Kentucky rodeo celebrates 37 years visiting WKU

Cord Barricklow, 24, of Lebanon, Ind., is waiting amongst other competitors for the steer wrestling and calf roping for the Lone Star Rodeo Company at WKU L.D. Brown Ag Expo Center on Sat. Feb. 9, 2019. Barricklow was born into this profession and has done rodeo for his whole life.

Nicole Ziege

As country music blasted over the speakers of WKU’s L.D. Expo Agricultural Center Friday, a metal gate lifted, revealing a steer that started running into the center of the arena. Two men wearing cowboy hats raced their saddled horses along the sides of the steer.

In a matter of seconds, one of the riders—the contestant—jumped from the back of his horse onto the steer, grabbing its horns and pulling it to the ground. Once he forced it to roll onto its back, the crowd roared with applause. 

This was steer-wrestling, one of eight events taking place at the Lone Star Rodeo. Other featured events included bareback and saddle bronc riding, calf roping and Brahma bull riding.

Celebrating its 70th anniversary and 37th year performing in Bowling Green, the Lone Star Rodeo had more than 300 contestants competing for prize money and points to add to their final scores. The contestants travelled to the rodeo from about 15 different states, including Kentucky, Tennessee, Florida, Oklahoma and Maryland, with several from Ontario, Canada.

The rodeo’s performances took place on Friday at 8 p.m., Saturday at 2 p.m. and 8 p.m. and Sunday at 2 p.m. 

Rachel Boyd, general manager and producer of the Lone Star Rodeo Company, said although Bowling Green provides a smaller venue for the rodeo, with about 2,500 seats, she enjoys stopping in the town in order to provide family-friendly entertainment.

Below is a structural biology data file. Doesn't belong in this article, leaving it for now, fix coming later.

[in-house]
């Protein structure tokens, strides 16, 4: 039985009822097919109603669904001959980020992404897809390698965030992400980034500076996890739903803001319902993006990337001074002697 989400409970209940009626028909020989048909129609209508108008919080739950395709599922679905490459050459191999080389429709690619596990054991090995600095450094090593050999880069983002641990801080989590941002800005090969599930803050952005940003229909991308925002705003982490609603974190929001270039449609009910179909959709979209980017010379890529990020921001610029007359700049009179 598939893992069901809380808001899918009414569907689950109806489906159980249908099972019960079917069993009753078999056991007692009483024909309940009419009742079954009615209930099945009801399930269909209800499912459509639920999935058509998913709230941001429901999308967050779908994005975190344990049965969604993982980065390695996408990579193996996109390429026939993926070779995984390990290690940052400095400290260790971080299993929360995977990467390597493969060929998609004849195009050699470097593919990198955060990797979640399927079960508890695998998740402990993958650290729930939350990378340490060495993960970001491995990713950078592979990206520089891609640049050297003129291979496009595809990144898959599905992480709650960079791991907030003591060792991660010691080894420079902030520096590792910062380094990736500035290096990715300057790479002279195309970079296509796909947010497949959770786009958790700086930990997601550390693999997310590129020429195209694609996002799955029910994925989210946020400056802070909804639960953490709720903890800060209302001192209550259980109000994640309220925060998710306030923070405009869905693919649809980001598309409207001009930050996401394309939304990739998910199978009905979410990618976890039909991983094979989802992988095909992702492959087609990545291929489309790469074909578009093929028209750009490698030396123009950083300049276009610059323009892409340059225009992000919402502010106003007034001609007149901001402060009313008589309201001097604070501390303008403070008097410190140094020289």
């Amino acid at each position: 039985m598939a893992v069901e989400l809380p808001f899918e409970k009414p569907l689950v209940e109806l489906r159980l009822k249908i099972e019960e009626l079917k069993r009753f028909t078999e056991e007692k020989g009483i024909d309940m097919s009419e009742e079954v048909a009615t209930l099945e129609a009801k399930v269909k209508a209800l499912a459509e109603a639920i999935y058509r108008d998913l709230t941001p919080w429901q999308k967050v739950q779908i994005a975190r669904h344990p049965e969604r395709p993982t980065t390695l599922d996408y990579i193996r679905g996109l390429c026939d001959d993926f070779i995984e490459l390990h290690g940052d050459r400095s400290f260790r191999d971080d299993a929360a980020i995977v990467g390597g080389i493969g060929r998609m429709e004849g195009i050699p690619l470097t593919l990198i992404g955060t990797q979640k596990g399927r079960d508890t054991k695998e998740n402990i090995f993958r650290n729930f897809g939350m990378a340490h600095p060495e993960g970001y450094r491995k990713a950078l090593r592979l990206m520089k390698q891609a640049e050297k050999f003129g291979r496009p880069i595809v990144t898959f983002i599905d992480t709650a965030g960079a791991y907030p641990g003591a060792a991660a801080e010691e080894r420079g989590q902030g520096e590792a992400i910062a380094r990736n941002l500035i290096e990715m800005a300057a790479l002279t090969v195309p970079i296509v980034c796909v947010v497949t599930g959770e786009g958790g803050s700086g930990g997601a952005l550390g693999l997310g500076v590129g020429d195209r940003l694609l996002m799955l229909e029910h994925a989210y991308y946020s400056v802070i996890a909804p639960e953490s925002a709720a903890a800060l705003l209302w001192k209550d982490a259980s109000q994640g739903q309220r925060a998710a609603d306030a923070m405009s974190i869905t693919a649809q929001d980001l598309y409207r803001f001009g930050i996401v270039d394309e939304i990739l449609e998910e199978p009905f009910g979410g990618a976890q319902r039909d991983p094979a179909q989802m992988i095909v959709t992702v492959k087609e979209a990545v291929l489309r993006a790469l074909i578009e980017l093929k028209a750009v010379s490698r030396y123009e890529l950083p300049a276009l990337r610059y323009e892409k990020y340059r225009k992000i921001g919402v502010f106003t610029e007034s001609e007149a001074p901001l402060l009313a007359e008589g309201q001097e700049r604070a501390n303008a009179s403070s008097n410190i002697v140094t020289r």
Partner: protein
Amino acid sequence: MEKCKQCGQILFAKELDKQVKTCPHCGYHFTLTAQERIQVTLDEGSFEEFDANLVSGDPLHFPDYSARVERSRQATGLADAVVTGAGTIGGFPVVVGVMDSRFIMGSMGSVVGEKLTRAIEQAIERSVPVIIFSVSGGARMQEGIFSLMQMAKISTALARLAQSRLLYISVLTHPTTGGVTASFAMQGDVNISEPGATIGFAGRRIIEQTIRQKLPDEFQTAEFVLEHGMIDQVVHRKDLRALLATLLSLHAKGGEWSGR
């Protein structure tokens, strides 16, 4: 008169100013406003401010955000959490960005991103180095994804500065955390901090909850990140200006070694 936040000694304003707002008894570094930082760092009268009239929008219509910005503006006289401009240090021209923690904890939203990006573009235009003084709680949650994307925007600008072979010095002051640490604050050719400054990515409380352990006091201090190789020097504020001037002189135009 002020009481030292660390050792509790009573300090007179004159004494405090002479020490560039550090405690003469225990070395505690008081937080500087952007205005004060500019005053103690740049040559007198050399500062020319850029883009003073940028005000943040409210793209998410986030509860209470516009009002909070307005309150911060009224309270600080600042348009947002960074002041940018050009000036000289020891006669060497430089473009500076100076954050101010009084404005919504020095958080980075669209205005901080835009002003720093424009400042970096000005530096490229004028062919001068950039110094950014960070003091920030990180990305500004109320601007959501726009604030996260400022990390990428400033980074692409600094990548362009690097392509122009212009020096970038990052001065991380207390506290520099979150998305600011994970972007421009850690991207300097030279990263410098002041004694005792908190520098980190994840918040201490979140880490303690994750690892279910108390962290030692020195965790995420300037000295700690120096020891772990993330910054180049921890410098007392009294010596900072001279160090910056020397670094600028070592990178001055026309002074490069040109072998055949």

“Because all of the performances feature live animals, you never know what might happen,” Boyd said.

Boyd said the event has been enjoyed by families for several generations since its start in 1949.

“That means a lot to us,” Boyd said, regarding the rodeo’s generational appeal. “It’s stuff like that that keeps us coming back to the town.”

Hartford sophomore Riley Brey said she has attended the rodeo since she was a kid. Brey worked as an usher for the event this year as a part of the Agricultural Education Society at WKU.

Brey said her favorite event would either be bronc riding or bull riding. In those events, a contestant rides on the back of a horse or a bull and tries to stay on its back for the longest amount of time.

“I love the adrenaline when they fall off,” Brey said, laughing. 

Misty Worr, a 46-year-old from Lebanon, Tennessee, said she attended the rodeo to root for her husband, Troy Worr. He was a previous national champion and was now competing in the steer wrestling competition.

Worr said she would be riding alongside him in the contest if she had not been diagnosed with breast cancer in August. Now in remission, she said she can’t wait to get back on the horse.

“I love the adrenaline that comes from it,” Worr said, regarding steer-wrestling and the rodeo. “It’s also a really good family-friendly atmosphere that you’ll experience nowhere else.”

News reporter Nicole Ziege can be reached at 270-745-6011 and [email protected] Follow her on Twitter at @NicoleZiege.